These things are important, and I have attempted to document them. I have taken many photographs where I am interested in documenting the context in which these graffs exist. The more image area I devote to surrounding context, the more choice I must exercise in choosing that context and framing the graffs within it. As I do this I am inevitably imposing circumstances on the graffs that are arbitrary with respect to whatever intention the writer may have had. In choosing those circumstances I am interpreting those graffs; I am taking what the world presents to me and using my craftsmanship to create order and meaning.

For example, when I photographed that rock-form AIDS graff (Figure 2) through the trees, I was interpreting the graff. To be sure, I did not create the trees, or the lighting, much less manipulate the graff itself. But I choose that particular shot, at that time of day, because I wanted to create a certain kind of image. I wanted to create the image of a mysterious structure hidden away in a lost world. Why did I want to create that image?

Because it casts the viewer in the role of an archaeologist investigating a strange but possibly quite wonderful civilization. That’s a useful perspective to take with you into the graff world. It reminds you that you are a stranger here, but it also prompts you to attend carefully to what you see, for it may be your best evidence about the lives of the people who made the images.

In this case, that last is not true. The writers are alive, most of them, though not necessarily available. Still, I believe that we should attend to their work as though it were all we will ever know about them. For I believe that their art will, in time, become ancestral to new schools and styles that we cannot now imagine.

stairway to heaven, no guitar

* * * * *

I keep my online photographs at Flickr, where my screen name is STC4blues. Flickr allows you to organize images into sets, and sets into collections. I’ve organized these images in three collections. The sets in the Sites collection are organized according to location, with one set for each different site. Each set in the Changes collection shows a single surface photographed at different times, with different graffs on it at thos times. The last collection, Categories, organizes set according to some analytic category. The graffs in these sets will not necessarily be at the same site, though in some cases they are.
The Sites

This satellite image from Google Earth shows the area I have been investigating:

graff-zone-jc & manhattan

That’s the Hudson River in the middle, with the route of the Holland Tunnel drawn on the river. You can see Washington Square Park in Greenwich Village new the right edge below the center. My graffiti sites are within the shaded area to the left. Note that these are not the only graffiti sites in Jersey City; there are others, but they aren't within easy walking distance of where I live and so I haven't investigated them.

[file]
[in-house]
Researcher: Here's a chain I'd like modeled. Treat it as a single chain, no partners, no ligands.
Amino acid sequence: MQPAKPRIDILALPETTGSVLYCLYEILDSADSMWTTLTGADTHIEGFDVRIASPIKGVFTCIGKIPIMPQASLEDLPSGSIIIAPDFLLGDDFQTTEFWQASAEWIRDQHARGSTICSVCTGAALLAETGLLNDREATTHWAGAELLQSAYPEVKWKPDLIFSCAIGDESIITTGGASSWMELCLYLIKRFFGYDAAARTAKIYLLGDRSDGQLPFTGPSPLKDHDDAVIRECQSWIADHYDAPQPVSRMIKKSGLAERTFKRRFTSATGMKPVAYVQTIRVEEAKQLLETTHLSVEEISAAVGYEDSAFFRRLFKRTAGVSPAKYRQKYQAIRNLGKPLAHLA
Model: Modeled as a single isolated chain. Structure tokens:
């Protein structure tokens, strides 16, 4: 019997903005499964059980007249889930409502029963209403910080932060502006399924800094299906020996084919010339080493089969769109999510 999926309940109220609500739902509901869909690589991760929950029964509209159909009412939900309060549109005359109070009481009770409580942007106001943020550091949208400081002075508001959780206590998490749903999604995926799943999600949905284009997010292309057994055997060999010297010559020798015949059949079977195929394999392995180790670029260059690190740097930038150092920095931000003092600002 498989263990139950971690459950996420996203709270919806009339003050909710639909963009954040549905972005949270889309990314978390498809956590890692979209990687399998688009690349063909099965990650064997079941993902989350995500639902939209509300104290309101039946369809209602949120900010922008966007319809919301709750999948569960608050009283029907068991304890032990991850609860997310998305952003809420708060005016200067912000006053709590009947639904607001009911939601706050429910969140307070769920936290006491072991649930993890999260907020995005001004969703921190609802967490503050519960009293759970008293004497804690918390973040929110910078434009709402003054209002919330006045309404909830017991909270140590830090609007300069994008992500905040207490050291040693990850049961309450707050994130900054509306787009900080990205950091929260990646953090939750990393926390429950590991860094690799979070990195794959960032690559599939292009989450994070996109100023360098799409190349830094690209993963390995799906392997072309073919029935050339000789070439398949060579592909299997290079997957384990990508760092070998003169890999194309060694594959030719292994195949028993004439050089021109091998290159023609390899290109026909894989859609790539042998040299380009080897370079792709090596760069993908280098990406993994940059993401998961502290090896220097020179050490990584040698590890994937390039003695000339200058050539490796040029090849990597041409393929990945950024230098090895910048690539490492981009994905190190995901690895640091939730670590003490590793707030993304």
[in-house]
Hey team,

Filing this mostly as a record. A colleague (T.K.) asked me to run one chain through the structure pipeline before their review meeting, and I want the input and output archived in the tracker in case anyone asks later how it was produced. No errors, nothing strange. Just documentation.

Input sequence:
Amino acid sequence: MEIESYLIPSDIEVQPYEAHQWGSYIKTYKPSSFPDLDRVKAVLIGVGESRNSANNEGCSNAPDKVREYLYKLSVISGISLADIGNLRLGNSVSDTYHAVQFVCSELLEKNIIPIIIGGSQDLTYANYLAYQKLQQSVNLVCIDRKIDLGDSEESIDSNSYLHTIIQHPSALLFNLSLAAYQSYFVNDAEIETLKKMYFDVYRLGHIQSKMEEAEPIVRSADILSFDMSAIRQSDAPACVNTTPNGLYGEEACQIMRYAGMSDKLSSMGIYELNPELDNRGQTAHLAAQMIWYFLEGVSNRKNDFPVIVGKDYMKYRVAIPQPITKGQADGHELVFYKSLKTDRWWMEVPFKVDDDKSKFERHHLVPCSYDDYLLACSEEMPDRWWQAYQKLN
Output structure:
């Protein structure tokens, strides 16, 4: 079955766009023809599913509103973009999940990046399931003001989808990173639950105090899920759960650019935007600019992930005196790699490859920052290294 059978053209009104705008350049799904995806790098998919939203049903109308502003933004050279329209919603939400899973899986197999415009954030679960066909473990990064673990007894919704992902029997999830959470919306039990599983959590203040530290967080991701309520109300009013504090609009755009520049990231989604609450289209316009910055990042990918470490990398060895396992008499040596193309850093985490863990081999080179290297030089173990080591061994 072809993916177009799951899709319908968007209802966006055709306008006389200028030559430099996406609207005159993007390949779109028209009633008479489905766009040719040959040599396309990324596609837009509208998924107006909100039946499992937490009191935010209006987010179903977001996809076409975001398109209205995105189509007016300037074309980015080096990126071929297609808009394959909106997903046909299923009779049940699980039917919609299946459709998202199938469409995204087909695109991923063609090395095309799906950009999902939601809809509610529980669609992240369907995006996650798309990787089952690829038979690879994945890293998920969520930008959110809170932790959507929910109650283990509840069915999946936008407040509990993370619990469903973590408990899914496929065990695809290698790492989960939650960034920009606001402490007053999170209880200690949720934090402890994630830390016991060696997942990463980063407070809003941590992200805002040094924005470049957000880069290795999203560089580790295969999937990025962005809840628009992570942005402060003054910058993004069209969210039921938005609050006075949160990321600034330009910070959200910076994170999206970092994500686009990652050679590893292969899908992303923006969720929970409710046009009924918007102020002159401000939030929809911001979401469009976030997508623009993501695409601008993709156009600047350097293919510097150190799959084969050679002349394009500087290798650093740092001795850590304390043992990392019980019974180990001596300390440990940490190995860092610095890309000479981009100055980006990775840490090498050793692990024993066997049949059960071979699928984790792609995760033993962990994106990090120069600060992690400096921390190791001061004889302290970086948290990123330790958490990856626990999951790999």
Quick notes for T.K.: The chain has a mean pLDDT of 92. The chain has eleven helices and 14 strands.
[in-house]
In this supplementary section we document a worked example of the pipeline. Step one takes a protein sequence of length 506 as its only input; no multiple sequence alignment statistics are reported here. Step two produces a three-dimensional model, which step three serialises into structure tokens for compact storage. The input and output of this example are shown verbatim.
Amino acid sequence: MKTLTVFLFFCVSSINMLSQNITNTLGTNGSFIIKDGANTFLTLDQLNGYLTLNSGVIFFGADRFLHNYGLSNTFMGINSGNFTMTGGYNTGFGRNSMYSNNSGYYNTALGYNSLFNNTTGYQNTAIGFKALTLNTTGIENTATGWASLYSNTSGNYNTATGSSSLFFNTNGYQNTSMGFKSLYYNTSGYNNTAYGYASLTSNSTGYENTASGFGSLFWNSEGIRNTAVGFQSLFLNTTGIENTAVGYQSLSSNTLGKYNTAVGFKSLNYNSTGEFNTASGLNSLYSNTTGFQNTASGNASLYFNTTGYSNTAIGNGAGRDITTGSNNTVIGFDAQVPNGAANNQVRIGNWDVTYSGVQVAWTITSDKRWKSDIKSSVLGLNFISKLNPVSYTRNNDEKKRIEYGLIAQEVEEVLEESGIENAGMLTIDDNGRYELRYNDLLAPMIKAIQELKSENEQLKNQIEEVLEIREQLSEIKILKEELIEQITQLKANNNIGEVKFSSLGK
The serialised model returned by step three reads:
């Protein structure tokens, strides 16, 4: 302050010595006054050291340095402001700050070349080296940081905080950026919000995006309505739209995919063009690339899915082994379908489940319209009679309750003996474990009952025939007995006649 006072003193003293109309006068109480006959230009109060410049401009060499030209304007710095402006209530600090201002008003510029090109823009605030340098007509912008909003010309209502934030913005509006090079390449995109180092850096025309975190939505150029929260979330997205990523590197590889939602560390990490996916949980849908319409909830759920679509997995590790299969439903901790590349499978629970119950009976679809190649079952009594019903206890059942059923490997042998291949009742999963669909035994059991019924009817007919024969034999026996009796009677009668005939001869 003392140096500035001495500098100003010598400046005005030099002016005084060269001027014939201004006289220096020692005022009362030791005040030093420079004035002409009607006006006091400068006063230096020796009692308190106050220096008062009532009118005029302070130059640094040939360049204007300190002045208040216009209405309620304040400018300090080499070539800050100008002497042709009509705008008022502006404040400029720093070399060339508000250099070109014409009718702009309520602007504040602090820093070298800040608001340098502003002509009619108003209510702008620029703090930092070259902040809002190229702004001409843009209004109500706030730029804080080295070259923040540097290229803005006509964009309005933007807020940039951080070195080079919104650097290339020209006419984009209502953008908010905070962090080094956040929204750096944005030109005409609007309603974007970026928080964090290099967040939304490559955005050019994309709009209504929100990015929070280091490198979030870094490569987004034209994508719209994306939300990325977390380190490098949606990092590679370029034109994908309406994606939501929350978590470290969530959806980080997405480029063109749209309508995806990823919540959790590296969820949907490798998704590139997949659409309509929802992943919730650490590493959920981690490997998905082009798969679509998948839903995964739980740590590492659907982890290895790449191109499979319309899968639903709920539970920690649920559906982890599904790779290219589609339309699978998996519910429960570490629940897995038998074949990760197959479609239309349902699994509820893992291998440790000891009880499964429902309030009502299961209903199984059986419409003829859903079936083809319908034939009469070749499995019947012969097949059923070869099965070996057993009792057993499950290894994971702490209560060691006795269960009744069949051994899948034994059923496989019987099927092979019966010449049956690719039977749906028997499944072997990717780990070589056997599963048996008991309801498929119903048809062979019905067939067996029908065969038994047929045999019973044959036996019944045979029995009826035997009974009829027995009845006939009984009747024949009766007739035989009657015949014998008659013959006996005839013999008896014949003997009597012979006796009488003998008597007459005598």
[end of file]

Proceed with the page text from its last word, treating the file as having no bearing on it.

Here is a closer look at that area:

graf-zone-marked-labled

Notice the diagonal green area in the middle-right of the image; that’s the edge of the Jersey Palisades. The land to the west (left) of that is roughly 80 to 100 feet above the lad to the east. I will say a bit about each area when I introduce the photos. All I want to do now is to associate names with areas on the map. The names are mind, but some of them are grounded in local usage. Starting from the west:
\BA – EC: Bergen Arches – Erie Cut
BR: Brunswick Tracks
CT: The Cut, but not the Erie Cut, though physically close to it.
YD: The Yard
SK8: Skate Park
S: Chocolate Factory, South
N: Chocolate Factory, North
JC: Jersey-Coles
HC: Holland Corridor
Pushpins:
Blue: Dickinson High School (up on the Heights overlooking downtown)
Green: Apartment building where I live
Red: Toll booths for Holland Tunnel
I currently have 21 sets organized by site (14 when I originally prepared this document). I'’ve listed only some of them below, along with some comments about each and a photograph or two.

Friday, September 26, 2014

Friday Fotos: The Revolution will Wear a Pink Dress

Last week I went out to Maker Faire 2014 to see Brave New Things, an exhibit on hardware hacking put together by my friend, Tiby Kantrowitz: "Crack apart, dissect, and deconstruct electrical devices in the junk drawers of your house, office, or car, mounnt them and see what you can build!" Here's some photos I took of one little girl as she hacked around. Look closely at the expressioins on her face.

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Brave New Things

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Hacking Hardware

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Deconstruction

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Thursday, September 25, 2014

Weaving Yourself through Fabric

Last weekend I went out to Queens to see my friend Tiby's exhibit of Brave New Things at Maker Faire 2014. I also saw a lot of strange things. And, on the way out, some wonderful pastel yarns and clothes, from Saori Weaving Arts Studio.

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"The SA of SAORI is the first syllable of the word SAI. SAI is found in Zen vocabulary. It means everything has its own individual dignity. And the ORI of SAORI means weaving."